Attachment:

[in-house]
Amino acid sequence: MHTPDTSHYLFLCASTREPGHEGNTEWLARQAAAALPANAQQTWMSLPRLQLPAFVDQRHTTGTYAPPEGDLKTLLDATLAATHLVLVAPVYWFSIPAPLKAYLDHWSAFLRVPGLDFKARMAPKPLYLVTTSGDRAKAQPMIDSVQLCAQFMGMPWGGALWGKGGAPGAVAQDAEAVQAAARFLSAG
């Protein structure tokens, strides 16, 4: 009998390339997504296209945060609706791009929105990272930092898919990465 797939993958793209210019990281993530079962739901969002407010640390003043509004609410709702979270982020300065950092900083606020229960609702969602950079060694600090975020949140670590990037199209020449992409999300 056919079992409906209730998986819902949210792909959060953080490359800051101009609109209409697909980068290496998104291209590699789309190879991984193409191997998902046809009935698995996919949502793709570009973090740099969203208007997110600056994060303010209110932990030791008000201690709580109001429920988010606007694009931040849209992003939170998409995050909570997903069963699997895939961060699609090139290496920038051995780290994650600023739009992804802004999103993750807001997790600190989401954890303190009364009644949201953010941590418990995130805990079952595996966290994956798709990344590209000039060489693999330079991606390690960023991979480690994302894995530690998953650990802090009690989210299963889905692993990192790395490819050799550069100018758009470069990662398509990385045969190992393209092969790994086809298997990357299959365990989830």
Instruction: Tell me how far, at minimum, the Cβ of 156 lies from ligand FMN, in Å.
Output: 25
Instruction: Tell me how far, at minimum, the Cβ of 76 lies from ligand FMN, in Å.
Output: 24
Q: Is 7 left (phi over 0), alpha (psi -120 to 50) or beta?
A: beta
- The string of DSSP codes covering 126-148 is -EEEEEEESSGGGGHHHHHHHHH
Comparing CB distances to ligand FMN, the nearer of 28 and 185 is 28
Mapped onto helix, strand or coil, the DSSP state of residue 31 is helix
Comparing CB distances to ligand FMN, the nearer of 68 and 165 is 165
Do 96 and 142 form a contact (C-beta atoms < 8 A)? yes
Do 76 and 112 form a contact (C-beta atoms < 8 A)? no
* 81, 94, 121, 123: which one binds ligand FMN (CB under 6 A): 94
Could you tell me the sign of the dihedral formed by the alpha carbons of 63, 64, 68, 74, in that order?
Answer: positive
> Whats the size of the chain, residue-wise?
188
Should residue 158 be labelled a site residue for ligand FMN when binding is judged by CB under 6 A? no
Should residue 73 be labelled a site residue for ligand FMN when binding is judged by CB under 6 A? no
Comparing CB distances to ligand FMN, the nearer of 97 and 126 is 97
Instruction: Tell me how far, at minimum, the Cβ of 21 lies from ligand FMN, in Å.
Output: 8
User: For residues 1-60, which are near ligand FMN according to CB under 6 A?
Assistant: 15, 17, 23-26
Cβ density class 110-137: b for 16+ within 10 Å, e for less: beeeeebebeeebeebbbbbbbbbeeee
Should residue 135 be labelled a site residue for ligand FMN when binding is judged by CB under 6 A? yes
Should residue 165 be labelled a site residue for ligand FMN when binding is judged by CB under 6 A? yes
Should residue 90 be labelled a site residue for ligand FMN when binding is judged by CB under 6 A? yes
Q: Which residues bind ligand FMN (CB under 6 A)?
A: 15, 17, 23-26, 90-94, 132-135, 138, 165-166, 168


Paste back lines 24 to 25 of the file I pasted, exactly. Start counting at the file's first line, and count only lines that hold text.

Instruction: Tell me how far, at minimum, the Cβ of 21 lies from ligand FMN, in Å.
Output: 8